The city gardener

Water wisely during drought

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As our unusually dry summer continues in Minnesota, this is a great time to think about smarter ways to water your yard and garden. The same source of water supplies our kitchen taps and our garden hoses, and reducing water use helps protect this vital resource for everyone. At the same time, we’ve spent months lovingly tending our gardens, and we certainly don’t want our plants to die in the late summer heat! How can we conserve water while keeping our prized plants alive?
First, know how much water your plants actually need. Vegetable gardens need about one inch of water per week. If it rains during the week, you only need to water enough to bring the total up to one inch. It’s best to water deeply but less often to promote deeper, healthier roots.
Even if the top of the soil looks dry, the soil may still be moist an inch or two down, so take a look before you start watering. A soil moisture meter is a great tool to understand exactly how dry your soil is – or just use your finger to feel the soil below the surface.

It’s common to overwater lawns, especially when using automated sprinkler systems. To encourage your lawn to grow deeper roots and become more tolerant to drought, try to irrigate about once per week, just enough to wet the soil to a depth of six inches. This could be as little as a half inch of water, depending on the weather and your soil type. Setting your mower at 2.5 inches or higher can also help shade the soil, reducing the amount of water needed. Additionally, try to position your sprinklers so they don’t water impermeable surfaces like sidewalks or driveways.
It’s best to irrigate in the early morning to allow water to sink in before it evaporates in the heat of the day. This also gives leaves time to dry before air temperatures cool down at night, reducing the risk of plant diseases.
Using soaker or drip hoses reduces evaporation and targets water at the base of plants, right where they need it. You can even lay out soaker hoses under your mulch to retain even more water. It’s also an easier way to water – no need to stand outside and water by hand, just turn on your soaker hoses (and don’t forget to turn them off again)! If you do use a regular hose or watering can, water slowly enough that the water soaks in and doesn’t run off to the side or wash away soil.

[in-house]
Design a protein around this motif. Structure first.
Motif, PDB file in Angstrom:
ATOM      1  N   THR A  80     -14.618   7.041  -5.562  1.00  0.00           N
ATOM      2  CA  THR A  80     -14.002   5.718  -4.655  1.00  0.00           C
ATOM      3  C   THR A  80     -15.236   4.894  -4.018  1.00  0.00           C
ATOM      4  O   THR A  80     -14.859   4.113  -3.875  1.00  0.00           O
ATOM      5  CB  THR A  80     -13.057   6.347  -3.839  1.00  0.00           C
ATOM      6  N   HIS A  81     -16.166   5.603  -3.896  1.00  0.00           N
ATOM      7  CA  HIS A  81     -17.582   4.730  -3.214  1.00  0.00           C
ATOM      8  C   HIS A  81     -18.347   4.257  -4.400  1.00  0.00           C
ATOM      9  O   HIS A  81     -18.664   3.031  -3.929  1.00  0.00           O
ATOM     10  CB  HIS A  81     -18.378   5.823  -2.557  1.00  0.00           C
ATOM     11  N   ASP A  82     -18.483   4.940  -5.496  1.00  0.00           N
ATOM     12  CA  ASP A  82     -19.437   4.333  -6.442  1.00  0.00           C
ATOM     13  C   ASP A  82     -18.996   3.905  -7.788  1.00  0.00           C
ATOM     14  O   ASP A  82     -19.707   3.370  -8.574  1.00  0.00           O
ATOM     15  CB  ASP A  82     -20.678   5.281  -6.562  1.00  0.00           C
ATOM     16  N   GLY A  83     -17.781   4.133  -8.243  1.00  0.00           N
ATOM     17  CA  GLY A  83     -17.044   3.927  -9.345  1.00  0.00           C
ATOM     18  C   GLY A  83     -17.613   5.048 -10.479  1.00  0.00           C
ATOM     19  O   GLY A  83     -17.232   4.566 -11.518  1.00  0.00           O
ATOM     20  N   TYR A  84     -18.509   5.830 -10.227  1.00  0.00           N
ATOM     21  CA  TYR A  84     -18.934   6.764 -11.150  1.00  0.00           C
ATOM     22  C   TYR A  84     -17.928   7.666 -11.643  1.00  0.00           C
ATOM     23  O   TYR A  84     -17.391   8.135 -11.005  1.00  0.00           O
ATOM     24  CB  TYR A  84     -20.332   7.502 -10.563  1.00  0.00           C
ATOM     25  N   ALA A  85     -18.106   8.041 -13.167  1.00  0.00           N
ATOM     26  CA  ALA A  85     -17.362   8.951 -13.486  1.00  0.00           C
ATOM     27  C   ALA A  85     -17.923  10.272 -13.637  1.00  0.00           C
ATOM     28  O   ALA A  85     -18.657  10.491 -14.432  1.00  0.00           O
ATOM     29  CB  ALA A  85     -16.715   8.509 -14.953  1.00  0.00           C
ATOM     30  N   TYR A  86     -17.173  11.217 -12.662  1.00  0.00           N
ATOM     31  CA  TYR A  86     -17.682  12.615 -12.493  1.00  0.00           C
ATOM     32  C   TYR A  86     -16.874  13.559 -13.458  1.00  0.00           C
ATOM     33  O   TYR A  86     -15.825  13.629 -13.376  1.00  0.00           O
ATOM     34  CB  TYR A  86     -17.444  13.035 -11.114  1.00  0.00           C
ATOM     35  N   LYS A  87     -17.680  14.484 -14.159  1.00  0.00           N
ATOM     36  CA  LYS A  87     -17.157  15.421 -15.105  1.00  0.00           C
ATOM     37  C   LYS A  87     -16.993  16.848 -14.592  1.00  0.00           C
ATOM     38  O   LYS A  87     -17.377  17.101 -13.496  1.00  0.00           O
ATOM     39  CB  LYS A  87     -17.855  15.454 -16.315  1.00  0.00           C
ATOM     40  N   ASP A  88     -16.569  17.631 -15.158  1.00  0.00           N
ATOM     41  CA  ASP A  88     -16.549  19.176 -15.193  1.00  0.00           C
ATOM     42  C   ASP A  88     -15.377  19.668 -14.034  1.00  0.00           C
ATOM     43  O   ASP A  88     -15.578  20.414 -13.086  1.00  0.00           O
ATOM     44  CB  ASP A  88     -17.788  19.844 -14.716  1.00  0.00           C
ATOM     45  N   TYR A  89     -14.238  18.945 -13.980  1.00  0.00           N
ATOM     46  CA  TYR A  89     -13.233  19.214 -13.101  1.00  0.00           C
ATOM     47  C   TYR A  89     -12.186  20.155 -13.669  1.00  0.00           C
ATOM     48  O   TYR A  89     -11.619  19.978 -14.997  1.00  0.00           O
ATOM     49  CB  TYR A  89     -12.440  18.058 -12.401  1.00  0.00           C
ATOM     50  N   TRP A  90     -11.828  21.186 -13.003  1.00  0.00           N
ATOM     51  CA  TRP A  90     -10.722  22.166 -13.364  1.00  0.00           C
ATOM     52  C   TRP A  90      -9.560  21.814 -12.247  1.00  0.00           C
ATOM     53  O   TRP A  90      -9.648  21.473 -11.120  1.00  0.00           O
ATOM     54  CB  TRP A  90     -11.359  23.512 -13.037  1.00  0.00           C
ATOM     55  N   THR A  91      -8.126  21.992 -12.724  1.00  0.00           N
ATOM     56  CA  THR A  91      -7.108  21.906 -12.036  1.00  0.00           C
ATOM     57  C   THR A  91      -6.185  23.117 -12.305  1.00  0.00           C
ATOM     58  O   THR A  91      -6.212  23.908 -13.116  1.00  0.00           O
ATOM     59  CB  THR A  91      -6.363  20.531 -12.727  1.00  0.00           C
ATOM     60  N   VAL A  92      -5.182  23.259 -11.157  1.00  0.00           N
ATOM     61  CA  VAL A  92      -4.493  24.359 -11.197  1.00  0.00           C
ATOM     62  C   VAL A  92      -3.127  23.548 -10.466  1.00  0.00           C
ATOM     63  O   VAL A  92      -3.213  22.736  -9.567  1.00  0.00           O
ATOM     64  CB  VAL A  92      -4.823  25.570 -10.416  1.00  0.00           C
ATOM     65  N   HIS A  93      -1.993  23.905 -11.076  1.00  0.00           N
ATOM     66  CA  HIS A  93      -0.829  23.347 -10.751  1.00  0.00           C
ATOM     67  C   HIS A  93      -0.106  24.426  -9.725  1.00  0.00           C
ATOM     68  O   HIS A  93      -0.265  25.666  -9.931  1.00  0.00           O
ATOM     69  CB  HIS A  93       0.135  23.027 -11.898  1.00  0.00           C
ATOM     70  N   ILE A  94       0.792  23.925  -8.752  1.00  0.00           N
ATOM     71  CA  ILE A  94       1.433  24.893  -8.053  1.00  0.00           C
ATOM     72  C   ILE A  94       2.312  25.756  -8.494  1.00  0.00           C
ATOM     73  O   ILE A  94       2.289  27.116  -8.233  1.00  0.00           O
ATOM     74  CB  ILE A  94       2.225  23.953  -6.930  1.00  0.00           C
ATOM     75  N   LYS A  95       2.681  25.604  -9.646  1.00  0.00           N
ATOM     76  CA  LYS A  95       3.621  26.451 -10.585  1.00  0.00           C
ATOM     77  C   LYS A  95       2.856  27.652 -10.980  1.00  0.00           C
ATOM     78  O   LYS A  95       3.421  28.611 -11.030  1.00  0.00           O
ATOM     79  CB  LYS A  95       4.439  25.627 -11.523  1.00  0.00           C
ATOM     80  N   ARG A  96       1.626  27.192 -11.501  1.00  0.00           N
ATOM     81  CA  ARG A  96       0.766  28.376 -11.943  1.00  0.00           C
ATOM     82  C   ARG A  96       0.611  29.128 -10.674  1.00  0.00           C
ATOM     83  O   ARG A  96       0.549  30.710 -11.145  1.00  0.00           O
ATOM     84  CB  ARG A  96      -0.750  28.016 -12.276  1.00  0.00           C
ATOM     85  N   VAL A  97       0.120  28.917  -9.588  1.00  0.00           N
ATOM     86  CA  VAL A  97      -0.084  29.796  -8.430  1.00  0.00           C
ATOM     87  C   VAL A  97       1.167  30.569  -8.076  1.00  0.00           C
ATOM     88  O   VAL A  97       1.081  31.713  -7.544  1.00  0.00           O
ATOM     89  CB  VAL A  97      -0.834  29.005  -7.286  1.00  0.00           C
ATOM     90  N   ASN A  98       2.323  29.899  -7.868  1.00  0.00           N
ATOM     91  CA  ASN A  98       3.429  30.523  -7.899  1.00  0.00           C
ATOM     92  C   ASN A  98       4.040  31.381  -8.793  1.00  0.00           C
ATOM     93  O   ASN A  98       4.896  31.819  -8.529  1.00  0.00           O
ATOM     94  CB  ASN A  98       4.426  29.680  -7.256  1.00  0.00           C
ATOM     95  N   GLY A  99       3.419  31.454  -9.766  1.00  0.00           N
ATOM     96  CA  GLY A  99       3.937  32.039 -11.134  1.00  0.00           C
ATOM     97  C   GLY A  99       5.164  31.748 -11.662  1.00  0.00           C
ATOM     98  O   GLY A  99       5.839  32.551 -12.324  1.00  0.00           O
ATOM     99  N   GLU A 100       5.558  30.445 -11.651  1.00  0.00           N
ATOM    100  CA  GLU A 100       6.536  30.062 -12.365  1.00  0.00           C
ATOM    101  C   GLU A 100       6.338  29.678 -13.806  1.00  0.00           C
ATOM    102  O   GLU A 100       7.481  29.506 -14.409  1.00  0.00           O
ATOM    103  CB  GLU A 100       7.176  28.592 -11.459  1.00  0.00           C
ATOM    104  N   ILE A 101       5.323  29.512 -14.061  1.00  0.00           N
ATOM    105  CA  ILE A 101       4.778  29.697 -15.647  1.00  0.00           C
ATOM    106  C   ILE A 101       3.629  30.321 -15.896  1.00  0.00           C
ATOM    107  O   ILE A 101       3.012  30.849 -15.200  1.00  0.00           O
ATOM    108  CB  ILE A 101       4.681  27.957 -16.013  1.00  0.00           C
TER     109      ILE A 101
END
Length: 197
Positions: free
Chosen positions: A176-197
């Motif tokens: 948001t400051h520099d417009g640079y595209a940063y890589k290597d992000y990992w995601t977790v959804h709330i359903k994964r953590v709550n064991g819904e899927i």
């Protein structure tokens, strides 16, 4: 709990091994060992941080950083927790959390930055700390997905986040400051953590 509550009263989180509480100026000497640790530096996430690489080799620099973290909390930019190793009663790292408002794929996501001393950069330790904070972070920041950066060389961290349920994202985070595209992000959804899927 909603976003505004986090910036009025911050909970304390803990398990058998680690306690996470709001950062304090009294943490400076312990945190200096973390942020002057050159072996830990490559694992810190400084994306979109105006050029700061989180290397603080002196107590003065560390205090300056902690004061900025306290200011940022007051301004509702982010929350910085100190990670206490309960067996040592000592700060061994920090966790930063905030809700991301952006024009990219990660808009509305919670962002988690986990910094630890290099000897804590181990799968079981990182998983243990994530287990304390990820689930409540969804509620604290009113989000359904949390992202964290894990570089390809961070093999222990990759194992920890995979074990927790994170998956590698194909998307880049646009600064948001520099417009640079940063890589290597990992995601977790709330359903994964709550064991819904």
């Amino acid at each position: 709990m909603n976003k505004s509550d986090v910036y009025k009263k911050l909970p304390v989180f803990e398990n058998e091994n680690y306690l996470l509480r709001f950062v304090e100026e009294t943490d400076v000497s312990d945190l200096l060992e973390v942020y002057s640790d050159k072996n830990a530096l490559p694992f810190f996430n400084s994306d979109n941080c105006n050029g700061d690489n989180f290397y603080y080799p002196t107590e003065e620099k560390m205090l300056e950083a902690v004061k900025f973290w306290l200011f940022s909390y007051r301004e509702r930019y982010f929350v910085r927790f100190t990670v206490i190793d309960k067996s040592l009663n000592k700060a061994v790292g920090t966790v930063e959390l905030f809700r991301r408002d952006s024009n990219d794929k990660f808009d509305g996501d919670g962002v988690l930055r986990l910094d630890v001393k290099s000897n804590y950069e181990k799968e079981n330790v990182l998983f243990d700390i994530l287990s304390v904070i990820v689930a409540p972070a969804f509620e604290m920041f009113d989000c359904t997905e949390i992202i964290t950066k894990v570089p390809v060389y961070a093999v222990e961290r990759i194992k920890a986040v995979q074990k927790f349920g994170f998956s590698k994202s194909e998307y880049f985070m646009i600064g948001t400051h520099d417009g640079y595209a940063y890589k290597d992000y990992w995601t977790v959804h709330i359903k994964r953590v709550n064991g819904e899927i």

If you can collect rainwater, this is a great way to water landscape plants while reducing municipal water use. It also reduces runoff into streets and waterways. Keep in mind that water from rain barrels is not considered drinkable because it hasn’t been tested for water quality and may contain contaminants from your roof or other sources. Therefore, you should avoid using rainwater to water edible plants. However, rainwater is a great option for ornamental landscape plants! If you’re looking to add a rain barrel to your landscape, Hennepin County sells rain barrels at a discount each spring. Keep an eye out for next year’s sale, which is scheduled to start March 1, 2022.
Finally, choose plants that are well-suited to your landscape and can tolerate periods of drought. Many shrubs and trees are drought-resistant once they are established, including sumac, spirea, ninebark, smoke bush, ginkgo, and Kentucky coffeetree. When planting new shrubs and trees, water regularly until they are established. Once established, you only need to water shrubs and trees when the top six to nine inches of soil are dry and there is no rain predicted for several days.
For more information, check out the University of Minnesota Extension Yard and Garden website. Extension resources are written by experts and contain the latest and most reliable research-based information. Happy gardening!
Lauren Bethke is a Hennepin County Master Gardener Intern with a passion for homegrown vegetables, pollinators, and everything green. She lives in Hiawatha with her husband and pets.

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